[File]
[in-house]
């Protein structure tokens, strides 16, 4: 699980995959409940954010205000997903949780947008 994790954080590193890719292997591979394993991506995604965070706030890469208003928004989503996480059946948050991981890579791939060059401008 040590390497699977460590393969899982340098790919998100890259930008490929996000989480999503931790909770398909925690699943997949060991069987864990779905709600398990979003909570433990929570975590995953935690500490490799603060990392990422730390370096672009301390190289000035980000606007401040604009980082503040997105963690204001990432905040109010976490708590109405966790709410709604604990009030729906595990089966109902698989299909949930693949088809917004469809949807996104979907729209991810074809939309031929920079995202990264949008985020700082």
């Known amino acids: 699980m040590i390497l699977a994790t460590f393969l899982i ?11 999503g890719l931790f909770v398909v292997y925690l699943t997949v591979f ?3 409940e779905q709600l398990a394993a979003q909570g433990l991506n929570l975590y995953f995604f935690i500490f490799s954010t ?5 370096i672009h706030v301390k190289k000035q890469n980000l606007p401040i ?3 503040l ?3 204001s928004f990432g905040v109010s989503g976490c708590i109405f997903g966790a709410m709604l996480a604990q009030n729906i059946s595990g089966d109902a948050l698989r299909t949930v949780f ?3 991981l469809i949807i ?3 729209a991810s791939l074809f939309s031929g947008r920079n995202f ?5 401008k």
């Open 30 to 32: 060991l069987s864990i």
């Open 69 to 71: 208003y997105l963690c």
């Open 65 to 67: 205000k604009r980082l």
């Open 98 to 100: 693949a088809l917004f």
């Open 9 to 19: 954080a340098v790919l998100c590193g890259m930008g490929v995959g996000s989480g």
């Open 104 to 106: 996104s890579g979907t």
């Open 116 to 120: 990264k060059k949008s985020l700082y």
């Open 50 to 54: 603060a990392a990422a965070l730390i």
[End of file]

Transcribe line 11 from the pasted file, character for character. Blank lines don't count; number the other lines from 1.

């Open 50 to 54: 603060a990392a990422a965070l730390i």